Talk:Ionizing radiation/Archive 2008

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Way too few inline citations

Would think that an article like this would have a plethora of sources to cite? It would be a laborious task to populate the article with "citation needed" tags. (talk) 07:14, 19 October 2008 (UTC)

is all EM radiation potentially ionizing?

this discovery suggests that radio-waves can be ionizing. I think this should be included in the article as a recent discovery (not the stuff about making more energy than you put in, just that radio-waves can ionize water, the only discovery confirmed by the university researcher). 018 00:27, 24 September 2007 (UTC)

I don't think that article suggests that radio waves can be ionizing. What is happening is the molecule H2O is broken into the atoms H and the atoms O. The H is then ignited. That is what is burning. BTW - It takes more energy to produce the radio waves than what is produced from the heat from the flame. —Preceding unsigned comment added by Starkrm (talkcontribs) 22:30, 16 October 2007 (UTC)
Right, but the reaction is not 2 H + O -> H2O + energy. It is 2 H2 + O2 -> 2 H2O + energy. At some point (at least as an intermediate) you need an ion to be formed, and it is the radio wave that must be forming it. 018 (talk) 17:31, 19 October 2008 (UTC)

Printing problems?

Does anyone else have problems printing this page? I assumed it was my printer, then my computer, but it's not. I've printed other pages from Wikipedia fine on this computer, and I've tried to print this page on three other printers from other computers here at work and every time, it locks up the printer AND the computer. But it's this page only. Is there some kind of technical issue with this page? Anybody know a way to find out? Squad51 (talk) 16:51, 31 January 2008 (UTC)

Accuracy question

The article's third sentence is as follows:

A large flood of particles or waves will not cause ionization if the individual particles or waves are not energetic enough.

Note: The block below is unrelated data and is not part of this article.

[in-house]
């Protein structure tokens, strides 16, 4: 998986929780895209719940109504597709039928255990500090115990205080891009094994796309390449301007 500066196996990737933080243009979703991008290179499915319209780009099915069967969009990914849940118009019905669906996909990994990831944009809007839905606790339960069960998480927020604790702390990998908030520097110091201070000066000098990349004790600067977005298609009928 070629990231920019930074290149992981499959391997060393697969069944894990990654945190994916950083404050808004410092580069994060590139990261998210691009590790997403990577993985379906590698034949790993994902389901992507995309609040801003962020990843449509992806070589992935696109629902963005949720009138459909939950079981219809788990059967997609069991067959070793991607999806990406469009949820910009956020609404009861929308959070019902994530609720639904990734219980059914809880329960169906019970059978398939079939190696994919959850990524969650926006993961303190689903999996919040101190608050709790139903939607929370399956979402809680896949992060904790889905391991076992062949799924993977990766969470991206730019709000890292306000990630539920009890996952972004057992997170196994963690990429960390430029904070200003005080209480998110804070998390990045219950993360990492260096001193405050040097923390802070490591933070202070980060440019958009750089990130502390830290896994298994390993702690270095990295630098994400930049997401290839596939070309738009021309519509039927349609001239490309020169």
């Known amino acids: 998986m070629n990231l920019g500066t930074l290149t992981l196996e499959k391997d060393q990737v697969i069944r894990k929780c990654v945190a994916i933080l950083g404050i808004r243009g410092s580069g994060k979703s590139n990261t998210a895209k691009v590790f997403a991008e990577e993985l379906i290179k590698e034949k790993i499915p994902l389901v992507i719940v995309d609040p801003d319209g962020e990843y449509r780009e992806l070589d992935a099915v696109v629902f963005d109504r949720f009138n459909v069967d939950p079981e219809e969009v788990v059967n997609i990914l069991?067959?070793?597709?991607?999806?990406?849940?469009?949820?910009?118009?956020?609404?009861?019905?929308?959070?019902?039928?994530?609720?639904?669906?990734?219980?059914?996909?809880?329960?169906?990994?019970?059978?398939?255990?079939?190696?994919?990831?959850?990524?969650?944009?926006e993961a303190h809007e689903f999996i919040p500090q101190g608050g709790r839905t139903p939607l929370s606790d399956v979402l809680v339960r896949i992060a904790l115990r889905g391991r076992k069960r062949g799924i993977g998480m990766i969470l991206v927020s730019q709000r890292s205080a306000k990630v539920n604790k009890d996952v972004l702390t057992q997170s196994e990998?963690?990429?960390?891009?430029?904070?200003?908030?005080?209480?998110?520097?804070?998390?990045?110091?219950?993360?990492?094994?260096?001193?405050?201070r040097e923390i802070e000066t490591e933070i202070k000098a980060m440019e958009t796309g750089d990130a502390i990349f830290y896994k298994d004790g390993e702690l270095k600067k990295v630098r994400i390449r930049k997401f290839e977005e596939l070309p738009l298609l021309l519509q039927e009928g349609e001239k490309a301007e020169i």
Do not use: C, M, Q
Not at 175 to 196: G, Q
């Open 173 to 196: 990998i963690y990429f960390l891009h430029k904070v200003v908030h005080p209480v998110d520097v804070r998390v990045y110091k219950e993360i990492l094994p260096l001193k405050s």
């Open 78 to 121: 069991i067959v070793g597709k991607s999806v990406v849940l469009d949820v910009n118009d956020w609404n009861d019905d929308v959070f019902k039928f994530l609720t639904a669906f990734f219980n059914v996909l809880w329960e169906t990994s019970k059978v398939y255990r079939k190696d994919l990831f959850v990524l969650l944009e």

How about multiphoton absorptions? If two (or more) non-ionizing photons are absorbed at the same time then won't ionization take place? I seem to have read something about this in conjunction with high photon fluxes and the photoelectric effect. I don't have the answer, but perhaps someone reading this does. - Astrochemist (talk) 05:05, 27 February 2008 (UTC)

Missing citations

I added the 'needs citation' flag to 3 facts: [1] the allegation that the background level in Ramsar, Iran is much larger than the rest of the world, but there are no signs of genetic anomalies in the population [2] the claim by proponents of nuclear power that the average dose due to the entire nuclear cycle is less than the exposure due to wearing trousers for 2 minutes (I hope that this is not comparing dose in grays to joules/kg in the form of heat, since such a comparison is highly misleading) [3] the claim by opponents of nuclear power that it increases the number of cancers per year by several hundreds (where? worldwide? in the city near the plant? in the state?).PloniAlmoni (talk) 11:42, 11 August 2008 (UTC)

I'm going to add a note now that the reference for (1) should not be self published. 018 (talk) 20:25, 12 August 2008 (UTC)


What is the meaning of the phrase Chronic exposure is reactant (found in the section entitled Acute radiation exposure)? This should be stated more clearly. PloniAlmoni (talk) 11:03, 17 August 2008 (UTC)

Looks like a portion of a thought, so I removed it. 018 (talk) 15:38, 17 August 2008 (UTC)

Biological effects

So what happens to the various biological molecules when ionized by radiation? Rtdrury (talk) 01:12, 3 November 2008 (UTC)